The master at Silliman College is Prof. Nicholas Christakis, and his wife, Erika Christakis, is an associate master. Erika Christakis (herself a Yale Child Study Center lecturer) wrote the following e-mail to students on Oct. 30:
Nicholas and I have heard from a number of students who were frustrated by the mass email sent to the student body about appropriate Halloween-wear [more on that below -EV]. I’ve always found Halloween an interesting embodiment of more general adult worries about young people. As some of you may be aware, I teach a class on “The Concept of the Problem Child,” and I was speaking with some of my students yesterday about the ways in which Halloween — traditionally a day of subversion for children and young people — is also an occasion for adults to exert their control.
When I was young, adults were freaked out by the specter of Halloween candy poisoned by lunatics, or spiked with razor blades (despite the absence of a single recorded case of such an event). Now, we’ve grown to fear the sugary candy itself. And this year, we seem afraid that college students are unable to decide how to dress themselves on Halloween.
I don’t wish to trivialize genuine concerns about cultural and personal representation, and other challenges to our lived experience in a plural community. I know that many decent people have proposed guidelines on Halloween costumes from a spirit of avoiding hurt and offense. I laud those goals, in theory, as most of us do. But in practice, I wonder if we should reflect more transparently, as a community, on the consequences of an institutional (which is to say: bureaucratic and administrative) exercise of implied control over college students.
It seems to me that we can have this discussion of costumes on many levels: we can talk about complex issues of identify, free speech, cultural appropriation, and virtue “signalling.” But I wanted to share my thoughts with you from a totally different angle, as an educator concerned with the developmental stages of childhood and young adulthood.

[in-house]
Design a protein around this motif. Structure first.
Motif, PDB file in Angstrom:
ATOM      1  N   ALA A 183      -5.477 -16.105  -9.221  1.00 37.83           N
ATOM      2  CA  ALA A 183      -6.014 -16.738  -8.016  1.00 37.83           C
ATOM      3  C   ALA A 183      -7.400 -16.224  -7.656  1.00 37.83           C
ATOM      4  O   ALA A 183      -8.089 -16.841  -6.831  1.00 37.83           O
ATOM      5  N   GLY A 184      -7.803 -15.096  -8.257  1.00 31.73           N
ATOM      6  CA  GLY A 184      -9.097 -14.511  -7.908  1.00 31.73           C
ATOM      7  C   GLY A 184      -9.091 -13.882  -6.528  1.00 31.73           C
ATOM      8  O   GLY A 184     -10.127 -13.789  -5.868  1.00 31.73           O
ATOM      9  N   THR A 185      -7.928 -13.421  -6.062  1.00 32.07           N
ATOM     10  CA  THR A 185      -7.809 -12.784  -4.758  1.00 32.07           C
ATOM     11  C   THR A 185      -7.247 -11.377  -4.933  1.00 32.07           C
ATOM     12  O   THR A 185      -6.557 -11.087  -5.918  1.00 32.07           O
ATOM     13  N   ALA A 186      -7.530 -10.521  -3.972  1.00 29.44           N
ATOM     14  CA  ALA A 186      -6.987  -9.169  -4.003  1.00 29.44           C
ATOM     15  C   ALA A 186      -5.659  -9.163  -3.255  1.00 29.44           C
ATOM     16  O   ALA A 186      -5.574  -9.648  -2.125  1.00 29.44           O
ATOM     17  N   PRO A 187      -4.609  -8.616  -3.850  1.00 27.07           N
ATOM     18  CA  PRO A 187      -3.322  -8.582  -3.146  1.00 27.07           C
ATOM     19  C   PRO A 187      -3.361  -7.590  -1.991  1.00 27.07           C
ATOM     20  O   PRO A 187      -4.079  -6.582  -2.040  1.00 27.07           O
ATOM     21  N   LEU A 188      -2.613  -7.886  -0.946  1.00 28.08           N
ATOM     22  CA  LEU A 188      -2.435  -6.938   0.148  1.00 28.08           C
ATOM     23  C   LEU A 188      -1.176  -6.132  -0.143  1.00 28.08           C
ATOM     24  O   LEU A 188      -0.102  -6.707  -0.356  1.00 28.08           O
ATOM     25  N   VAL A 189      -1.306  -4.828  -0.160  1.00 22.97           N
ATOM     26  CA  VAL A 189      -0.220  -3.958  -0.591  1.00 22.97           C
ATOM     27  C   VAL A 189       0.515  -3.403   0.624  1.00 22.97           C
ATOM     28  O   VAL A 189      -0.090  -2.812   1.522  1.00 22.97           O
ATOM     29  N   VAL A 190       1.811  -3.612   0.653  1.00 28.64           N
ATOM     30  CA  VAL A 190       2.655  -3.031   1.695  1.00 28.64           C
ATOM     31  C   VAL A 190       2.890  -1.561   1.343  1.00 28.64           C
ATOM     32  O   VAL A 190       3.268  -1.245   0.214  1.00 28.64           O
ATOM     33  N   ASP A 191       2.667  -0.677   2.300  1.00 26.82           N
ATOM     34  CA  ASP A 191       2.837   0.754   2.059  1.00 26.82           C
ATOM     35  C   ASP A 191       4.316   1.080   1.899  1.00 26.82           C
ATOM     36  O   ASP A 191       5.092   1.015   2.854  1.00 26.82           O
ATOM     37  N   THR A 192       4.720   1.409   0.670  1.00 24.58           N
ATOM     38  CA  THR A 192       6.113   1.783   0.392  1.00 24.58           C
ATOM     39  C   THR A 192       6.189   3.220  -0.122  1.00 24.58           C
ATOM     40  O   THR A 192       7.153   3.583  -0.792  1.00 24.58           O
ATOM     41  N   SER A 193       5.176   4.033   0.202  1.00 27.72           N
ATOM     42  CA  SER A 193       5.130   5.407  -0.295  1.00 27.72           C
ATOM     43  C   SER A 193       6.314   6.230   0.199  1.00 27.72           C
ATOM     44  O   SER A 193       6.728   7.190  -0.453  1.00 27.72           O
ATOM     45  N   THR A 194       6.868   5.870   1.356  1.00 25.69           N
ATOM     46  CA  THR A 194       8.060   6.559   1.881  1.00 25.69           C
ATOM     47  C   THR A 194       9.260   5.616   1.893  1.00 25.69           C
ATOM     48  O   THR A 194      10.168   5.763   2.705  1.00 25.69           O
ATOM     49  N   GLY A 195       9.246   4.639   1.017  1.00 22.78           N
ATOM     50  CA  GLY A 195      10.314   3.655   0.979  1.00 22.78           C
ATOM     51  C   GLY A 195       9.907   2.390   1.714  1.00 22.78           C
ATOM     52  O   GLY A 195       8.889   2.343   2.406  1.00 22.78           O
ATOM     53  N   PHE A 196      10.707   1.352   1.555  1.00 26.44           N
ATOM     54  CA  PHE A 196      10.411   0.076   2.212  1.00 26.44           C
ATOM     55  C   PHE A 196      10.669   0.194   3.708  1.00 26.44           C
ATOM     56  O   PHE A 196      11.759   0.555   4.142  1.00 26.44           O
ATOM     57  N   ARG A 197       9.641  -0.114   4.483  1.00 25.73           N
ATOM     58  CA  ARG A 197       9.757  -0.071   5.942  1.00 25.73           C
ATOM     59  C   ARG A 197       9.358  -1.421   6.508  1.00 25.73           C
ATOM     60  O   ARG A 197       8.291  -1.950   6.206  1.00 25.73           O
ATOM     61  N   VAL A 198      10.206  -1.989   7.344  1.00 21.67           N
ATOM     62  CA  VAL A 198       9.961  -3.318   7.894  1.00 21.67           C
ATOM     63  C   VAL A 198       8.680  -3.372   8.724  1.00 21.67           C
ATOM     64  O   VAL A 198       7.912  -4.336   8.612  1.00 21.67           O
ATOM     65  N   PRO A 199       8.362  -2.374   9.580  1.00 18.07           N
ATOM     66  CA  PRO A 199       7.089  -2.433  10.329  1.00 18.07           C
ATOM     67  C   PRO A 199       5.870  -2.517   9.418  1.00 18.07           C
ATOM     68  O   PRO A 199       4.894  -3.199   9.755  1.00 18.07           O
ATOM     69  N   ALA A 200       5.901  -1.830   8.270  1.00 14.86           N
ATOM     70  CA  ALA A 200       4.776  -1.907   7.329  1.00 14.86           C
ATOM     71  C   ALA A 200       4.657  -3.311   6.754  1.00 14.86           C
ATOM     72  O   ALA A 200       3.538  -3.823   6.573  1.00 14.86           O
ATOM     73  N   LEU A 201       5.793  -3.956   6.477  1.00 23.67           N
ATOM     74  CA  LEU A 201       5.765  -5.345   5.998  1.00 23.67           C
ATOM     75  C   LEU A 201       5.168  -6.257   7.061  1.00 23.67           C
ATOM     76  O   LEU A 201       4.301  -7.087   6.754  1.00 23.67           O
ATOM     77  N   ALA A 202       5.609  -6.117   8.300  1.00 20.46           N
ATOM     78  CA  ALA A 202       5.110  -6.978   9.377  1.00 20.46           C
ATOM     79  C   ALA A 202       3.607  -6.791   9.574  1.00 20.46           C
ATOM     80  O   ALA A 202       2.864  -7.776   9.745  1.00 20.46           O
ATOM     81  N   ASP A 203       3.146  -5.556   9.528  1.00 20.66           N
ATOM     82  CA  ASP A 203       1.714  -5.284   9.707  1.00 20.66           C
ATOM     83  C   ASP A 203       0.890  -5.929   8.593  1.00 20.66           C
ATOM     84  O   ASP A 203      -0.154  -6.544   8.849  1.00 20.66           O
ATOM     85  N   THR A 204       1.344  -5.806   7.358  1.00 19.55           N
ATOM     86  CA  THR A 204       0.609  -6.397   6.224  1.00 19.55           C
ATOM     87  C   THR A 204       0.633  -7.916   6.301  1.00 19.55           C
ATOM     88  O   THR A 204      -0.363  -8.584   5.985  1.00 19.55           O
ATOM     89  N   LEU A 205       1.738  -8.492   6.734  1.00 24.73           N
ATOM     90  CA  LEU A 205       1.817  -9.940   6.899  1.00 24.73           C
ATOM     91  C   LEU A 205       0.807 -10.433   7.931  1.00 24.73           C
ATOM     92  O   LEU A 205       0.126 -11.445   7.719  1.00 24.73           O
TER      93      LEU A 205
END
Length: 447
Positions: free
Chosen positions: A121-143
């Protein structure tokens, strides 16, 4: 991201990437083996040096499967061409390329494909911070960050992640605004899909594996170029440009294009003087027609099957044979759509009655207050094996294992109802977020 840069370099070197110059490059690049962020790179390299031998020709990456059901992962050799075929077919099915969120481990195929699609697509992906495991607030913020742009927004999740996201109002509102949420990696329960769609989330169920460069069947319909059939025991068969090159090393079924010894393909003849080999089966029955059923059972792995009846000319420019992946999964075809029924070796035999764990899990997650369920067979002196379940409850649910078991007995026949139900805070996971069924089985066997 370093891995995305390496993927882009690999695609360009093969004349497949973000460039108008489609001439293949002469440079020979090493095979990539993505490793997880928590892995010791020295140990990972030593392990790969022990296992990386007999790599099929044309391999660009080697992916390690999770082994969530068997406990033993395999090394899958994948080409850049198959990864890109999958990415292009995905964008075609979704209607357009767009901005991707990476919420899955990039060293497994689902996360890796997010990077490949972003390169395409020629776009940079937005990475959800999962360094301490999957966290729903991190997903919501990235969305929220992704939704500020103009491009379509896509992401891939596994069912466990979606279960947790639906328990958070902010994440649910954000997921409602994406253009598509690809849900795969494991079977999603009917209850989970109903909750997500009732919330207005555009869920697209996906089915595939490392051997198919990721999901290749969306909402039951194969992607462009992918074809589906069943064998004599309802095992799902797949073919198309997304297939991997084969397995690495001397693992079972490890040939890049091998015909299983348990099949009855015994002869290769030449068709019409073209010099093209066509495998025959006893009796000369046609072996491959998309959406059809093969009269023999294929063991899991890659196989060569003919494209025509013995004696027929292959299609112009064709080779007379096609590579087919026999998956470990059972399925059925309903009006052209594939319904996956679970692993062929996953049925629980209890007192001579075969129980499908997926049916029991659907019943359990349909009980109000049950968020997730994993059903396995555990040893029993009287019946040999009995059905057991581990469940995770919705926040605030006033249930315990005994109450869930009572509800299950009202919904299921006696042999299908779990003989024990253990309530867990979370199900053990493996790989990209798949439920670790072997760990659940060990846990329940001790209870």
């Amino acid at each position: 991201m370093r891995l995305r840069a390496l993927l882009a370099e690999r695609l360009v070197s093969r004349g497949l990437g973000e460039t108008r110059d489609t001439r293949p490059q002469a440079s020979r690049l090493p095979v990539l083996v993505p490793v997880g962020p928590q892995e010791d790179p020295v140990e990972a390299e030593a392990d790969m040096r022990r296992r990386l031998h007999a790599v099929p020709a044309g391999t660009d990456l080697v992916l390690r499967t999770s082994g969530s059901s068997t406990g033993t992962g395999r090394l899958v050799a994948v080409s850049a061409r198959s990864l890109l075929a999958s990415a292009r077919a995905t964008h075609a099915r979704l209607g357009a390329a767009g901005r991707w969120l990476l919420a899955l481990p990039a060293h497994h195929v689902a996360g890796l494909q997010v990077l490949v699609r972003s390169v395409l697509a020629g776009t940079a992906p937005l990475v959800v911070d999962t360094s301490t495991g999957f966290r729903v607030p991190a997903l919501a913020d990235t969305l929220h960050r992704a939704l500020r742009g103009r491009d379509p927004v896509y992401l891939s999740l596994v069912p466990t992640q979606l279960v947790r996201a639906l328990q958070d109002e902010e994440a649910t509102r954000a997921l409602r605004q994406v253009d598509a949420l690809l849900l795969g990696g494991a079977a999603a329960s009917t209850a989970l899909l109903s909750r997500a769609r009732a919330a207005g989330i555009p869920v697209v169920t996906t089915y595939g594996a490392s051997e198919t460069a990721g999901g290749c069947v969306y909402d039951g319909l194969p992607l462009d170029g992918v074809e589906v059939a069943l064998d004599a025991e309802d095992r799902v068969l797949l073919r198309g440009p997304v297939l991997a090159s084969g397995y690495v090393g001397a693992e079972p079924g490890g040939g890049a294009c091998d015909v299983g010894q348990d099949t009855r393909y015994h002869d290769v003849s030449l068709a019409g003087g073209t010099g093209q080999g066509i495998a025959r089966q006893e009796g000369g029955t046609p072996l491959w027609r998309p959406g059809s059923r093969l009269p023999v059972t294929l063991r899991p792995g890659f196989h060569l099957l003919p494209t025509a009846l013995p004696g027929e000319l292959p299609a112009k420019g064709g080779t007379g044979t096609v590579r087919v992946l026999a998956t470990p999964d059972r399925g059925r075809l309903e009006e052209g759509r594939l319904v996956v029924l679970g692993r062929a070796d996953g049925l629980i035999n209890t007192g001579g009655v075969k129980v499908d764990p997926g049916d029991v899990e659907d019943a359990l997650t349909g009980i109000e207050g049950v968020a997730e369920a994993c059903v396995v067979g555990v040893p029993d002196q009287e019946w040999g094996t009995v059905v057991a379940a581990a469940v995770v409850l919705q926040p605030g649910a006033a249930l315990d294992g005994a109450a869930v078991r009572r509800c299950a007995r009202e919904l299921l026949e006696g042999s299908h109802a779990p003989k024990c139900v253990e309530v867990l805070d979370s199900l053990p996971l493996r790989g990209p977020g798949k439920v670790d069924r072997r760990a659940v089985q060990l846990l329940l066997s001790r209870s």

As a former preschool teacher, for example, it is hard for me to give credence to a claim that there is something objectionably “appropriative” about a blonde-haired child’s wanting to be Mulan for a day. Pretend play is the foundation of most cognitive tasks, and it seems to me that we want to be in the business of encouraging the exercise of imagination, not constraining it. I suppose we could agree that there is a difference between fantasizing about an individual character vs. appropriating a culture, wholesale, the latter of which could be seen as (tacky)(offensive)(jejeune)(hurtful), take your pick. But, then, I wonder what is the statute of limitations on dreaming of dressing as Tiana the Frog Princess if you aren’t a black girl from New Orleans? Is it okay if you are eight, but not 18? I don’t know the answer to these questions; they seem unanswerable. Or at the least, they put us on slippery terrain that I, for one, prefer not to cross.
Which is my point. I don’t, actually, trust myself to foist my Halloweenish standards and motives on others. I can’t defend them anymore than you could defend yours. Why do we dress up on Halloween, anyway? Should we start explaining that too? I’ve always been a good mimic and I enjoy accents. I love to travel, too, and have been to every continent but Antarctica. When I lived in Bangladesh, I bought a sari because it was beautiful, even though I looked stupid in it and never wore it once. Am I fetishizing and appropriating others’ cultural experiences? Probably. But I really, really like them too.
Even if we could agree on how to avoid offense — and I’ll note that no one around campus seems overly concerned about the offense taken by religiously conservative folks to skin-revealing costumes — I wonder, and I am not trying to be provocative: Is there no room anymore for a child or young person to be a little bit obnoxious… a little bit inappropriate or provocative or, yes, offensive? American universities were once a safe space not only for maturation but also for a certain regressive, or even transgressive, experience; increasingly, it seems, they have become places of censure and prohibition. And the censure and prohibition come from above, not from yourselves! Are we all okay with this transfer of power? Have we lost faith in young people’s capacity — in your capacity — to exercise self-censure, through social norming, and also in your capacity to ignore or reject things that trouble you? We tend to view this shift from individual to institutional agency as a tradeoff between libertarian vs. liberal values (“liberal” in the American, not European sense of the word).
Nicholas says, if you don’t like a costume someone is wearing, look away, or tell them you are offended. Talk to each other. Free speech and the ability to tolerate offence are the hallmarks of a free and open society.